Doodle Harris

Zephaniah 3:17-18 assures us that even though we are feeling exiled and broken, God is rejoicing over us, renewing us, and restoring us with “loud singing.” I love this idea of God singing loudly with us as I think about Advent. My favorite songs, both sacred and secular, are Advent and Christmas Songs. Last year, my church – Highland Presbyterian Church in Louisville, KY– was trying to lean into our own brokenness and feelings of exile as we listened for the loud singing of God in our midst. Here are the times that I felt and heard God’s singing the most in our Advent season, 2020. May these ideas inspire you in planning for another socially-distanced season in 2021.

Come to the Movies!

We bought an outdoor movie screen and showed movies! The screens were way cheaper than we originally imagined (they are available on Amazon for $100-$120). We gathered outdoors in December (which isn’t so difficult in Louisville, KY) to watch Christmas Favorites: The Star and It’s a Wonderful Life. Families gathered as we wore masks and sat under blankets and didn’t share snacks (not sharing snacks was surprisingly difficult), but the Holy Spirit showed up and sang loudly in the fellowship before and after the movie as well as in the warm fuzzy feelings from the movies themselves. It was a moment of normalcy for which we were so desperate last December. Below is a photo of one of our movie nights.

Family Scavenger Hunt 

This idea came from one of our moms after we realized that our Advent activities would have to shift to being “family oriented” rather than “church oriented.” It also helps that our members tend to be just a little competitive. To prepare, I got 5 families who live relatively close together to agree to have me put clues in their front yard on a Saturday afternoon. I wrote the clues, laminated them, and taped them to mailboxes, street lights, etc. Families who wanted to participate signed up in advance. Then, at the time to begin, I sent e-mails to families with their first clue. Each clue led them to read scripture, answer a question (recording their answer with phone videos), and solve some sort of puzzle to receive their next address. At the end of the scavenger hunt, families sent me the videos and received the final address where they could pick up a bag of candy and a family Advent devotional book. I made sure there were books that were appropriate for families with young children, families with older children (teenagers), and families without children at all! The older members’ participation was outstanding and the wisdom in their short videos was moving. We shared some of the videos in worship and via social media over the next few weeks. Most families completed the scavenger hunt in 45 minutes. Plus, helping the young children understand the “waiting” aspect of Advent was enhanced by all of the searching and patience they had to use when finding and deciphering clues. Below is a photo from that scavenger hunt.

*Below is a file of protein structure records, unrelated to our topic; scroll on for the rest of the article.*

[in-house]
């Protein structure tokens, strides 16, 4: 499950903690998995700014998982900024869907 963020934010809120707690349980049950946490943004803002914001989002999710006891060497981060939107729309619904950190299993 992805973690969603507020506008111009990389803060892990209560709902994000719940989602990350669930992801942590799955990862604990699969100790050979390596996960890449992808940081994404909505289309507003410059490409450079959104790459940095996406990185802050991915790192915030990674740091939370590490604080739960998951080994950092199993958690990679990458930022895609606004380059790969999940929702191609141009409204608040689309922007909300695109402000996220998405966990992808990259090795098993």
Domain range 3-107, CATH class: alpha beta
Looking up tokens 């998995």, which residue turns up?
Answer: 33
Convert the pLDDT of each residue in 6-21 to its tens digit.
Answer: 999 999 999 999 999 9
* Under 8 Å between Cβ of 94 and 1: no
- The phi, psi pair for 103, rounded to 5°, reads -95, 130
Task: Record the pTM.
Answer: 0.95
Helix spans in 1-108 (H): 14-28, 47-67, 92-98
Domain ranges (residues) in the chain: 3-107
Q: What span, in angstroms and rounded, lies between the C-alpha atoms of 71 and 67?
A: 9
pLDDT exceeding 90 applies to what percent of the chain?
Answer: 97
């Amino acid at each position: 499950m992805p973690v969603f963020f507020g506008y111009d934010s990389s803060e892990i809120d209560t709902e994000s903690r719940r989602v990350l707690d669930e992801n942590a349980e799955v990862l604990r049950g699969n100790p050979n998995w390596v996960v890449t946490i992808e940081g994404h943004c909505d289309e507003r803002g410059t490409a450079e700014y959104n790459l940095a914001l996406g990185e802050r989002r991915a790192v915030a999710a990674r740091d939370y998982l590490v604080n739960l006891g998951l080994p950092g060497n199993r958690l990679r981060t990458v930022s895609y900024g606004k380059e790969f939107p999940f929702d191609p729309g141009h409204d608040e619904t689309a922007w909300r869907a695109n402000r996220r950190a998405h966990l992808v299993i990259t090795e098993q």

Zoom Sing-a-Long

Our children’s choir directors put together a Zoom sing-a-long. We sent sent all families an invitation along with a jingle bell and a song sheet. Then, we shared the Zoom link via our regular e-mail distribution list the day of the sing-a-long. We had about 20 families sign on, and our directors led families in a combination of familiar secular music and hymns. Families sang on mute while our directors sang out. Readers had the words if they needed them to sing along. I saw families in pajamas singing and dancing and ringing jingle bells on the screen. I offered a short prayer as part of the event. I realized that evening how much I needed to see those beautiful faces laughing and having a good time together. We had this moment of singing together – just as we had every other Christmas.

The Christmas Pageant

My very devoted Children’s Team was determined to have a Children’s Christmas Pageant together. We decorated our playground to look like various scenes in the nativity story – hanging sheets on the monkey bars to look like King Herod’s palace, putting out a cardboard sheet to create the shepherds field, setting the manager on a wooden platform to create the look of a stable. We had families sign up to come and record their lines at designated times (15-20 minutes per family to avoid a back up). We use washed and pre-bagged the costumes for children to wear (angels, shepherds, animals, magi). After they wore the costumes, they put them in a laundry basket which we allowed to sit for a few days before washing the costumes. Families who couldn’t attend recorded their lines at home. It took one afternoon and a teenager (who I bribed with food) to edit the whole pageant together. We used the final product, clunky though it was, in worship on Advent IV, and we put it on social media on Christmas Day. Here’s a link to our pageant:

God did not sing in the usual ways during Advent of 2020. I hope we can get back to our usual crafts, pancake breakfasts, and in-person pageants to tell the story of Christ’s birth this year. However, if we can’t, I imagine Highland will do the same thing this year – find new ways to hear the loud singing of God in an unconventional time. I’m so grateful for the creativity and even the competitive spirit of God’s people that allow me to hear God’s loud singing over us all.

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Doodle Harris

is the Associate Pastor for Youth and Christian Education at Highland Presbyterian Church in Louisville. When not battling Covid, she also watches a lot of TV and reads a lot of good books.